I did some digging only to find very little out there in this space. Some reasons for this might include,
1) One cover fits all – almost all online booksellers and most importantly Amazon use a standard jpg image of the cover to market their books. Any innovation in this space would most likely need to run parallel with the standard cover or eventually be adapted by the larger booksellers.
2) Recognizable brand – using just one image to represent a book makes it easily identifiable and simple for consumers, so why try to complicate things with technology.
3) It works – I haven't seen any crowds of angry readers or consumers begging for this problem to be resolved as maybe this isn’t a problem at all.
This reminds me of the story of the suitcase that my friend Thomas Wedell-Wedellsborg described to me. The clunky wheeled-suitcase was invented in the 70s after centuries of people lugging around suitcases and yet it took another 15 or so yrs (in ’89) for designers to invent the modern rolling suitcase that we all use today. Why is that? Thomas would say because the problem wasn’t framed correctly.
So, what’s the problem with book covers?
There are simply too many covers with only small differences among genres that make it very hard for consumers to distinguish between them. Imagine if you put every single ad banner right next to each other and asked consumers to pick one to click on. This just doesn’t seem like the most effective way to sell a product, let alone a book. Most people frame the problem around increasing book sales or discovering new books, depending on the perspective of the person framing the problem. As a reader, I'm interested in making my life easier and finding great books I am going to love.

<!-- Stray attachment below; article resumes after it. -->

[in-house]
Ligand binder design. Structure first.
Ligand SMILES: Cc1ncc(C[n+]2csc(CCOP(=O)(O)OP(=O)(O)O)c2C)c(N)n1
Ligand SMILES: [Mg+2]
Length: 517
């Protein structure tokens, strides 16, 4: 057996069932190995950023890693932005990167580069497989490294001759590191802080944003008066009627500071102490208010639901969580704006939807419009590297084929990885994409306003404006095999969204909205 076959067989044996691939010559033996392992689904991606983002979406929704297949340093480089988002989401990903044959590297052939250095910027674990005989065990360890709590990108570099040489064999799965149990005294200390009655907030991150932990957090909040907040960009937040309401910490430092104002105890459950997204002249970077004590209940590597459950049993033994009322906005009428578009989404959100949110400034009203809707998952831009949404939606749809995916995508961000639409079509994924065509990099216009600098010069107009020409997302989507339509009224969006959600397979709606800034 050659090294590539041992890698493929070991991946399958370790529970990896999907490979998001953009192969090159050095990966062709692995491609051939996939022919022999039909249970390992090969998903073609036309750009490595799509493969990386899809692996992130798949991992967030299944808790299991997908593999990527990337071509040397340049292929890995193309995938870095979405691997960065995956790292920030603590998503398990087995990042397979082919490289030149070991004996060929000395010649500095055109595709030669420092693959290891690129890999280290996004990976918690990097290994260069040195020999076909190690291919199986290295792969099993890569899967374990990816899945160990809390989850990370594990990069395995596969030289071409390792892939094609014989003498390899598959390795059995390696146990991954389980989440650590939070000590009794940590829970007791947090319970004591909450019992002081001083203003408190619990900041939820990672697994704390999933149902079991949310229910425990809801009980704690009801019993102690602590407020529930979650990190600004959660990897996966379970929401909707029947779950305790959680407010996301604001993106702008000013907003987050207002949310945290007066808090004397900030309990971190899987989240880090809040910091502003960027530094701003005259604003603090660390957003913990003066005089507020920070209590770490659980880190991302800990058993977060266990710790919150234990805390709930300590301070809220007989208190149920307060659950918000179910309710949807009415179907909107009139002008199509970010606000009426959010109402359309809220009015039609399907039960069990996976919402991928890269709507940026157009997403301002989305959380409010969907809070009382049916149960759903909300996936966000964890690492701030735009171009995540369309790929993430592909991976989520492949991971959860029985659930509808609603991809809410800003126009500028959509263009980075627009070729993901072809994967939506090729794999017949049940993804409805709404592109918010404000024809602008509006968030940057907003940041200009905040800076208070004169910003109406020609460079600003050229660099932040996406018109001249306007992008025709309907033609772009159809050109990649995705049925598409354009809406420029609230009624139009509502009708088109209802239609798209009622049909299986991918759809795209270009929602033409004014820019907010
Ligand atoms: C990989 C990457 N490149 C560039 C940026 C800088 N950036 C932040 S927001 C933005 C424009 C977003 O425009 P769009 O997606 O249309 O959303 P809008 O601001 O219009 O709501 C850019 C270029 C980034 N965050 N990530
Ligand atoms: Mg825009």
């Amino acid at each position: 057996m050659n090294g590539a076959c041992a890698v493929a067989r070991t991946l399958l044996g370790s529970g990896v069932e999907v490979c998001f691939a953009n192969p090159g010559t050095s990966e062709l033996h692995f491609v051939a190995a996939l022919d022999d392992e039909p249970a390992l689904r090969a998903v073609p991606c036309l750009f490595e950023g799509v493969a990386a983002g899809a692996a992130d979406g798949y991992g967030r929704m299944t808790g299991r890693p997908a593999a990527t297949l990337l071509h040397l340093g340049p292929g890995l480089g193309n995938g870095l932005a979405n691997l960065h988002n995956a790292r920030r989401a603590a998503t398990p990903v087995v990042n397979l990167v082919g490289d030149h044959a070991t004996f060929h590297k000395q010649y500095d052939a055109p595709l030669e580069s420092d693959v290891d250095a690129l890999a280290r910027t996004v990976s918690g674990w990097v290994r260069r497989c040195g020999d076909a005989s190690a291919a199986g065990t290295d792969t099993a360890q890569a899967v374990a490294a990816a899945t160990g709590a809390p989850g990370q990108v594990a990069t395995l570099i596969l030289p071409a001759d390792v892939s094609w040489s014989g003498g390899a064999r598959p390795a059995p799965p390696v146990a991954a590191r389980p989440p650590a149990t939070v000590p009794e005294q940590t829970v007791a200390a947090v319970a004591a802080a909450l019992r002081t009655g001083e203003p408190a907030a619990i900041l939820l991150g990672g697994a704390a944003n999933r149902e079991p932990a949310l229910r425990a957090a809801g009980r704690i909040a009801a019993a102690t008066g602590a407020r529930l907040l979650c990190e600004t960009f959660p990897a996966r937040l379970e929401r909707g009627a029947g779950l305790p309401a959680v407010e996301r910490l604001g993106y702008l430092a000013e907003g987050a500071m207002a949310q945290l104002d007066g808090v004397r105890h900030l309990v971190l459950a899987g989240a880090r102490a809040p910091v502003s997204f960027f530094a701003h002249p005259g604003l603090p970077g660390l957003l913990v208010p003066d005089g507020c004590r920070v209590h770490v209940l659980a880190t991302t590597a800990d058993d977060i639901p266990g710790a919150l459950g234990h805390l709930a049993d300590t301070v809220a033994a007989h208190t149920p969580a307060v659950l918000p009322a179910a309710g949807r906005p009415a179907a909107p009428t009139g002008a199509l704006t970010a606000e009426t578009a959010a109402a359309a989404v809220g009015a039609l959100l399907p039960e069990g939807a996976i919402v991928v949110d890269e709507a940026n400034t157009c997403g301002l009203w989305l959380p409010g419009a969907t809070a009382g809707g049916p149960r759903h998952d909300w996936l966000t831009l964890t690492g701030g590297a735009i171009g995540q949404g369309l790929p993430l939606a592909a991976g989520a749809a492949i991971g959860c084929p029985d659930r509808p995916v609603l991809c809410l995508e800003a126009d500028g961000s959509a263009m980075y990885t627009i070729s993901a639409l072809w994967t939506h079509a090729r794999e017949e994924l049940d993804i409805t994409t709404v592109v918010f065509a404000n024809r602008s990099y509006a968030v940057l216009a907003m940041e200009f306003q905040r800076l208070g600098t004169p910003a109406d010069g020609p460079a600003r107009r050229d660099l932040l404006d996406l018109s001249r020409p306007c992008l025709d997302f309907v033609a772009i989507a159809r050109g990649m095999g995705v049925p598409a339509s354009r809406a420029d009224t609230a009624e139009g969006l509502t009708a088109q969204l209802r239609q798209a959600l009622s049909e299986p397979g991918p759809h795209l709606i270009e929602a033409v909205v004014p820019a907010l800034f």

So what can be done to improve the discovery experience for consumers and engage readers with unique value propositions that go beyond the standard cover. Here are two examples I could find of publishers and authors trying out some new methods:
1. Canongate Books with Big Active have collaborated to make an interactive front cover Ruth Ozeki’s novel, A Tale for the Time Being. Check it outhere. And here's a video of the actual product in action.
2. Walker Books created an interactive cover for Daylight Savings by Edward Hogan. Check it out here. I tried to embed it here but I wasn't able to copy/paste the code.
From only a quick search, I wasn't able to find much innovation in this space, which I think could use some. If you have come across some cool new experiments in this space, please share some with me as I'm keen to see more.
And to read more about innovation, check out Thomas’ new book Innovation as Usual published this March 2013.